I have already written articles about using ML.NET, one was about the Naive Bayes Classifier implementation and the other one about the L-BFGS algorithm. In these articles, I showed examples in C#. Today I decided to write to them in F#. It’s a language that combines the features of procedural and functional language and is part of the .NET platform. If you have not had contact with this before, you will have the opportunity. I will introduce you to the subject of Regression, which is an important element of machine learning algorithms and very often used task of supervised learning.
I think it is best to explain it by some example. So let’s assume that you own a sunglasses store and you have noticed that the number of sunny days in a month has a pretty high impact on sales. You checked in the weather forecast that next month meteorologists predict that there will be 12 sunny days. Sales statistics from recent years for several months with the number of sunny days per month are as follows:
|Average Sunny Days||Average Sunglasses Sold|
Here is a diagram of the above data:
Now the question is, how can you predict what the next month’s sales will be based on this data? Well, you can take this as an example of the Poisson distribution. This is a discrete distribution that describes the probability of successive events with a given frequency at a given time. These events are independent of each other. It is described by the following formula:
You can treat the number of glasses sold as a Poisson variable, where the predictor will be the number of sunny days in a given month and month is the explanatory variable. Therefore, the Poisson Regression model is expressed by the formula:
where W is a vector of unknown parameters informing about the direction and strength of the influence of explanatory variables.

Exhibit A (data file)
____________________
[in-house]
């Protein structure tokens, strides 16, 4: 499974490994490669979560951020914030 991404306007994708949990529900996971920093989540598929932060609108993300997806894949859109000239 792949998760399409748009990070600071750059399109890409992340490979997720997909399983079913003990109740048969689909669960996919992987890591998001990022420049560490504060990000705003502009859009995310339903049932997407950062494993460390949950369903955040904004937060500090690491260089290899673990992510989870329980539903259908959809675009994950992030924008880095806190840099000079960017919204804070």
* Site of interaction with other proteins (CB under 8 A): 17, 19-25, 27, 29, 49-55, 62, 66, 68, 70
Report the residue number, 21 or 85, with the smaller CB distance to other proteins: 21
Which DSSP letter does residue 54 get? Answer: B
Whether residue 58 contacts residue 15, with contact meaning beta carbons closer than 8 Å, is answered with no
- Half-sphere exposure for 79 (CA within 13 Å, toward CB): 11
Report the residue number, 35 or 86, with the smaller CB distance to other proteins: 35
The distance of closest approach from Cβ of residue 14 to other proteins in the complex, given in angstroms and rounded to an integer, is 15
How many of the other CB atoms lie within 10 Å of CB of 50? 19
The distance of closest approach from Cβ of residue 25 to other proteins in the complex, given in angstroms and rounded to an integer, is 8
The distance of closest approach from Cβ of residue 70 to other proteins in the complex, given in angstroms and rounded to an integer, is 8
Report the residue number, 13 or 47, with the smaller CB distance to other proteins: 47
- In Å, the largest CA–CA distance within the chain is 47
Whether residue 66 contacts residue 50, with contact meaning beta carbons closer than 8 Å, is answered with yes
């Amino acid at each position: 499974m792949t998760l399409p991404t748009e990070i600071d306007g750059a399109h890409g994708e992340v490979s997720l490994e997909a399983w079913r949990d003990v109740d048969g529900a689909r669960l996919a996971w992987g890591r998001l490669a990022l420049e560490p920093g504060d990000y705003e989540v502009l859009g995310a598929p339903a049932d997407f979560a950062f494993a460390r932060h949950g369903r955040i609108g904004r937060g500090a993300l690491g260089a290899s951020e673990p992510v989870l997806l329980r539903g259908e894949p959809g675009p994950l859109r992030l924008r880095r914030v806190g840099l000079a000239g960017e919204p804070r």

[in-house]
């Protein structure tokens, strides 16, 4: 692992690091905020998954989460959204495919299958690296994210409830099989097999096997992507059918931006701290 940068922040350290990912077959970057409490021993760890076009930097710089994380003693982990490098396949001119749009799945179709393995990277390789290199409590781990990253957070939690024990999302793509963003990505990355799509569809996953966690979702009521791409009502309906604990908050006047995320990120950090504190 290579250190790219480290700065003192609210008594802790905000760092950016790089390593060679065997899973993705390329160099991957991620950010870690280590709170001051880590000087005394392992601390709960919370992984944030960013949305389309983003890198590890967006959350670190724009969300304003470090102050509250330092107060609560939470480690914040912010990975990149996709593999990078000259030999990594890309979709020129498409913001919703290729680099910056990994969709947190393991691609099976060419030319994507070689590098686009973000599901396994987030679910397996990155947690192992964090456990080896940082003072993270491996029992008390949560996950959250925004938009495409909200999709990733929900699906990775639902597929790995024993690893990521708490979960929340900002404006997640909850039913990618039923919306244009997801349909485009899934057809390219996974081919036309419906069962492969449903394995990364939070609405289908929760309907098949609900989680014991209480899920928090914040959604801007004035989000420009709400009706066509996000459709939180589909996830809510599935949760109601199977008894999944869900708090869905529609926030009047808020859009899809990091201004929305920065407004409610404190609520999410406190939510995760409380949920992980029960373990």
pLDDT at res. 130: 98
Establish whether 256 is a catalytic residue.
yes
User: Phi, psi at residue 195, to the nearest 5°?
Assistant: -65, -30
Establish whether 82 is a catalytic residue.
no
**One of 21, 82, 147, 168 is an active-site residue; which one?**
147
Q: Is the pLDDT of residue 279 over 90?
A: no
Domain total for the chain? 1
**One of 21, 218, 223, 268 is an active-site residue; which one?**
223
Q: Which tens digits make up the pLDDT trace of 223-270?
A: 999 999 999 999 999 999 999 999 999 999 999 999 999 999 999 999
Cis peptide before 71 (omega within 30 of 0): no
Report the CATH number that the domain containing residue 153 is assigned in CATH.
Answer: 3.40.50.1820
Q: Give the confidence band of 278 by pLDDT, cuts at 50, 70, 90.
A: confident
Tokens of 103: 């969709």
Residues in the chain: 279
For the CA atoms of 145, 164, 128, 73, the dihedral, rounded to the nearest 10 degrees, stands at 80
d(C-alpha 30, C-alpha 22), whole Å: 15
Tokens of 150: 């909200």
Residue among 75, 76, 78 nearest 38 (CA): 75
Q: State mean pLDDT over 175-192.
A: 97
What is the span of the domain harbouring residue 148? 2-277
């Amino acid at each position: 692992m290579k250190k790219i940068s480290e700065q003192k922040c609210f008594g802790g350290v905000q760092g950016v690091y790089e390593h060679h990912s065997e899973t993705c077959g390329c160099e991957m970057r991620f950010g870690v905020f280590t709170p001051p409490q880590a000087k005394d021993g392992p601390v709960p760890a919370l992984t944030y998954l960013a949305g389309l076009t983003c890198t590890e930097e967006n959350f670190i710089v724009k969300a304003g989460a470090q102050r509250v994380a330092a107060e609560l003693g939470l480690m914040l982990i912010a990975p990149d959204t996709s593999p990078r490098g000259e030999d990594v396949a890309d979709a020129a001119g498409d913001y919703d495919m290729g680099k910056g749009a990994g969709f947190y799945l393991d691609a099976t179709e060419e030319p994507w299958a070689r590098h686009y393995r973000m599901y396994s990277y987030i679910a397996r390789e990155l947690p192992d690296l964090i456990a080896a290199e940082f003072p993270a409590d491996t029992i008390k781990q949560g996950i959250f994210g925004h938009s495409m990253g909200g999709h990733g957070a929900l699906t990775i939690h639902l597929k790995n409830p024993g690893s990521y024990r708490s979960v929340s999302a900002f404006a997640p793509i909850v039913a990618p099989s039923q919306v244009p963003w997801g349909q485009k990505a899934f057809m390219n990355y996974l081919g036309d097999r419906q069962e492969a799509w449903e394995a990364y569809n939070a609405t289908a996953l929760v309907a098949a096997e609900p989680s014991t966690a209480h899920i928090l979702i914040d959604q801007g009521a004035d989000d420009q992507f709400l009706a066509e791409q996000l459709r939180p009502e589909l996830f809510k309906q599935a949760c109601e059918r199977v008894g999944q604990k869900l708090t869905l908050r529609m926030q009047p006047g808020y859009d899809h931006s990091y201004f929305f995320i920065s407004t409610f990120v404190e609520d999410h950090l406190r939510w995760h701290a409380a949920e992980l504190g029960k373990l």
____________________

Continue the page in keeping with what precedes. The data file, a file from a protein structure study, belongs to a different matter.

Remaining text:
I think I have made you aware of what this regression is about and when it is applied. However, let me not go into further details because I do not want to bore you. I wanted to briefly show you what it is about.
The first thing you need to do is create a .NET Core console application project in F# and then download the ML.NET library from NuGet Packages.
Now you can declare the necessary libraries and paths to the testing and training sets.
Then you can create classes that correspond to the attributes in the dataset. The created classes are visible below:
After that, you can go on to load the dataset, adapt the model structure to the standards adopted by the ML.NET library and creating a training pipeline. Here you also choose a kind of regression in the form of Poisson Regression.
Finally, you can start the learning process. To check the effectiveness of learning, it is also worth checking the results of the metrics.
There is still code to write that will be responsible for prediction value or the number of sunglasses sold, provided that will be 12 sunny days in the month.
The estimated number of glasses sold is approximately 59. The value seems sensible looking at the dataset. Poisson regression is not a very often used type of regression in real systems. However, in some cases, it seems irreplaceable. For this reason, I decided to bring it closer to you and on this occasion show you F#, because maybe you have not had contact with it before.